Dritschler claims the boards from Planning and Zoning, Gainesville Economic Development Corporation and the Parks and Recreation Board were unaware of the proposal for the lease of Locke Field; only city manager Barry Sullivan and the City Council.

Dritschler noted that part of the 2010 resolution for the leasing of Locke Field states any proceeds from a lease agreement are to go to the city parks. “How do you have that on the table without the parks board having any knowledge of it or your city staff?” Dritschler said. “My point is you can’t do it behind closed doors. This time include all these interested parties. Why not include the chamber and Main Street committee in the process. If you’re going to take away an icon of the past, be sure you do well for the people you represent. If they put together a committee, if they commission a study and that it turns out an apartment complex is the best use of that property, then great. They did their due diligence and all parties have been involved. That’s all we’re asking is do what’s best for the city.”

Dritschler is also concerned about the annual rental fee in the proposed lease agreement for Locke Field. The lease states, the tenant will pay a one-time rental installment of $2,500 on the commencement date and an additional annual rental of $100, during the primary term of the lease.

Sullivan indicated it would be council members who would decide either to accept or reject the terms of the lease. He said Locke Field is city property and not EDC property. “The EDC is not allowed to help with housing financing unless it is an affordable housing program, which this is not,” Sullivan said. “One deal has nothing to do with the other deal. We’ve been going out for proposals since 2012. We’ve been trying to get things down there that would help improve the appearance of the area. It is specifically stated in our goals for the city.”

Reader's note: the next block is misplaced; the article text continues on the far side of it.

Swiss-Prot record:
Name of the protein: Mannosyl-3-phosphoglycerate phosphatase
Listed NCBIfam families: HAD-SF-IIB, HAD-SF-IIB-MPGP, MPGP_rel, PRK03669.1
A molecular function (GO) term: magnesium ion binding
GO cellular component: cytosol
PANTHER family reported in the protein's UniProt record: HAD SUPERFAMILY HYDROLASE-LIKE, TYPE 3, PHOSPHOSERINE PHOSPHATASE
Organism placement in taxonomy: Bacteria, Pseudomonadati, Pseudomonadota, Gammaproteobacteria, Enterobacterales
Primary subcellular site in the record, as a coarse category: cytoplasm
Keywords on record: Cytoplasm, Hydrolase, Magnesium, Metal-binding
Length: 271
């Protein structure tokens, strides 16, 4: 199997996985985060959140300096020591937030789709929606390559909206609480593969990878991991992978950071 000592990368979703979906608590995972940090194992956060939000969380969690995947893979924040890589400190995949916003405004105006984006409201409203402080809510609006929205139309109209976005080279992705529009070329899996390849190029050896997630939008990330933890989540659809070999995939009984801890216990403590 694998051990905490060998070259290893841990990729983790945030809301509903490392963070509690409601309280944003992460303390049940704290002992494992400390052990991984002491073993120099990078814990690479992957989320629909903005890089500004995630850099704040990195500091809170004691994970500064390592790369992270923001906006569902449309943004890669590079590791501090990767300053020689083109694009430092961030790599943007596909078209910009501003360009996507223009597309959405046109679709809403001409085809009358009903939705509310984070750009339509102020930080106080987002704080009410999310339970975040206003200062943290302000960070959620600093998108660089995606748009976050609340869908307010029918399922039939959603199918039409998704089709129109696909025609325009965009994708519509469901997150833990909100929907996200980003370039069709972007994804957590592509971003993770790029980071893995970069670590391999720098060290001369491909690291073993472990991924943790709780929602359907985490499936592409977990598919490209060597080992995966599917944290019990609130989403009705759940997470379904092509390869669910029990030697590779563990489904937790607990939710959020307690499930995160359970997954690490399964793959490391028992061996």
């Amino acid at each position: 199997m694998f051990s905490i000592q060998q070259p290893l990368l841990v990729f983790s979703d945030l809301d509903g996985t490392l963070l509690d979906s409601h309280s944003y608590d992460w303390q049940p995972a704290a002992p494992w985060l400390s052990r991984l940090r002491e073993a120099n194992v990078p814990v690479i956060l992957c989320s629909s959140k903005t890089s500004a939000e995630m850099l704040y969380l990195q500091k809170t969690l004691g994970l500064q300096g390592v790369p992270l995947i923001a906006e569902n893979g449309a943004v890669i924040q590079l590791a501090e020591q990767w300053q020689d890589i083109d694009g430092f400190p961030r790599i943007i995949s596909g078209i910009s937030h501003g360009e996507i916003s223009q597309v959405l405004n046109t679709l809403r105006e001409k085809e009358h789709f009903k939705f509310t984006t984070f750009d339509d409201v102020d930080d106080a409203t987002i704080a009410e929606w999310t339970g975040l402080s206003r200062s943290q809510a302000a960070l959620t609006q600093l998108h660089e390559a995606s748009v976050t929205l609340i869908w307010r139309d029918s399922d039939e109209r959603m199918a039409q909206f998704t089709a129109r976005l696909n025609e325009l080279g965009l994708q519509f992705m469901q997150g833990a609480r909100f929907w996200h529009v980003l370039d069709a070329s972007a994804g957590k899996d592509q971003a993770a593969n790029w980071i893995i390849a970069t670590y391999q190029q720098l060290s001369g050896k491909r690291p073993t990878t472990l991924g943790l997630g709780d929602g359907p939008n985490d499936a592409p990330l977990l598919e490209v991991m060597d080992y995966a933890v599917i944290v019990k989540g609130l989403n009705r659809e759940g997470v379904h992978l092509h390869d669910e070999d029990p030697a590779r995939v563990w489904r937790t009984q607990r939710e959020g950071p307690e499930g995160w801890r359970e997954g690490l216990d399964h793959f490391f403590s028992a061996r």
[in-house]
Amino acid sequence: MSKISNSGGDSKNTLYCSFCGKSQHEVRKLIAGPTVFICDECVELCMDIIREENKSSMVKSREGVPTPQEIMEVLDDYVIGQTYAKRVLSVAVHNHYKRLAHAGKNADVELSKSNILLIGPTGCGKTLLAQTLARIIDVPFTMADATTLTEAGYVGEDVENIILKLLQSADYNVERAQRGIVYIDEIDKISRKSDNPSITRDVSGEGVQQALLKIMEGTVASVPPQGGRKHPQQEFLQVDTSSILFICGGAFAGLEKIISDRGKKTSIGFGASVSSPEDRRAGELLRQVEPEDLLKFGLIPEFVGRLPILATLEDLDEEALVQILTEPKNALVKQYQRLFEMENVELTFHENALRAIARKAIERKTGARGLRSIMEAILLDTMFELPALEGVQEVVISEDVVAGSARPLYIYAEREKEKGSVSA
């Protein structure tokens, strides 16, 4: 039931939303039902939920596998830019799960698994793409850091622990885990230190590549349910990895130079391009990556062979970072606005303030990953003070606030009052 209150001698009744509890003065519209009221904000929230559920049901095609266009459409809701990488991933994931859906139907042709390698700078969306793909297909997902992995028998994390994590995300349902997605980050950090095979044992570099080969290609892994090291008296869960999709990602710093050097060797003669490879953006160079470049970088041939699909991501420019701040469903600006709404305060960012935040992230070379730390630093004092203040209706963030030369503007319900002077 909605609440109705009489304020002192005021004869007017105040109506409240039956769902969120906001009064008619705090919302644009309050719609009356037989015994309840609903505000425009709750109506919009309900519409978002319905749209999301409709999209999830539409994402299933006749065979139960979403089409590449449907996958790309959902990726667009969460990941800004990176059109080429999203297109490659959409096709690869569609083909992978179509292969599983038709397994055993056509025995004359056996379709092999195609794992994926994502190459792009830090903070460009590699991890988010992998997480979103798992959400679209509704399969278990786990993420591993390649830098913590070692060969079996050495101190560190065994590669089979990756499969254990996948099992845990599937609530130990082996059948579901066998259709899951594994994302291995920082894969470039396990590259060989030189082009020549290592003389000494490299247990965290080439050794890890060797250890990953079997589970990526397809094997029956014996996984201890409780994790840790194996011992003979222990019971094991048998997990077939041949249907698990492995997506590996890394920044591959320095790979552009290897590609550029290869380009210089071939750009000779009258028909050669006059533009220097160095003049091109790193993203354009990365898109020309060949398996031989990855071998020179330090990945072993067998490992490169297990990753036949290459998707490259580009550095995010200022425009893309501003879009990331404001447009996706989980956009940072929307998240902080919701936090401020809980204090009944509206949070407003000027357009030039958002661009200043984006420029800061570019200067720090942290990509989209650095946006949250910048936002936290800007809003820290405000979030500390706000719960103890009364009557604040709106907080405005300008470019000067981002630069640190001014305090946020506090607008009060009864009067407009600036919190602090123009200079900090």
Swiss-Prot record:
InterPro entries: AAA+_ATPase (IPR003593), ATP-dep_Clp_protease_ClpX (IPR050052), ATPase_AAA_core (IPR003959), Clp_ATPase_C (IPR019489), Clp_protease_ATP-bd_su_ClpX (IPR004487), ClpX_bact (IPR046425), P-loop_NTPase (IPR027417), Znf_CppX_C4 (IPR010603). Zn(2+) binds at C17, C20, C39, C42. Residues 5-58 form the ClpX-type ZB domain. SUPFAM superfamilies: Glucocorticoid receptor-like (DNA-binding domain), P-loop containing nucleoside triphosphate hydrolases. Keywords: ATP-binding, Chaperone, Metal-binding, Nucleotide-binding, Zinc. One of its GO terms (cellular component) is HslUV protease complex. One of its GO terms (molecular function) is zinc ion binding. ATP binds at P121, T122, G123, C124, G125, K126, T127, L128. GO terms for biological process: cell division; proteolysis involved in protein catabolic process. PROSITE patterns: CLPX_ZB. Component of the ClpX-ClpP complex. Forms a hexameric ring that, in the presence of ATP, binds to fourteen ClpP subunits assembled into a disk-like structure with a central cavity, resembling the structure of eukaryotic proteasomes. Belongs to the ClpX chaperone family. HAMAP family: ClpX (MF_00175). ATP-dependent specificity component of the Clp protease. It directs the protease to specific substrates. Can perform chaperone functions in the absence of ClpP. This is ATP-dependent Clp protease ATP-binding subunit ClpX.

Sullivan said the city has been trying to find “someone we can work a deal with.”

“The council has to decide since there are now two options for multi-family, we have to look at how this lease will impact the city as a whole.”

The Orison Holdings’ proposal for a lease on Locke Field is the third group, since 2012 that has approached the city about developing the land. Bid proposals have been published in The Gainesville Daily Register each time.

Sullivan cited an older study, indicating the market could use approximately 150 more units in addition to the McClintock Homes.

“They (McClintock Homes) own their own land,” Sullivan said. “They are looking to develop their land. We have been working with Black Hill to develop this. The city has been doing everything we can to help them out. They (Black Hill) seem to think council is trying to choose between these two options. I don’t know which way council will vote on this.”

Orison Holdings seeks a tax abatement with the city for their development. Sullivan said for a tax abatement to be considered, a lease must be in place.

“Just because you ask for one doesn’t mean you’re going to get it,” Sullivan said “The lease does not tie the city or anyone else in to providing a tax abatement. That’s not legal. You have to go through another tax abatement process.”

The Gainesville City Council will meet again April 7. The agenda will be completed on Monday. At that time it will be known if the Locke Field lease proposal will be considered again.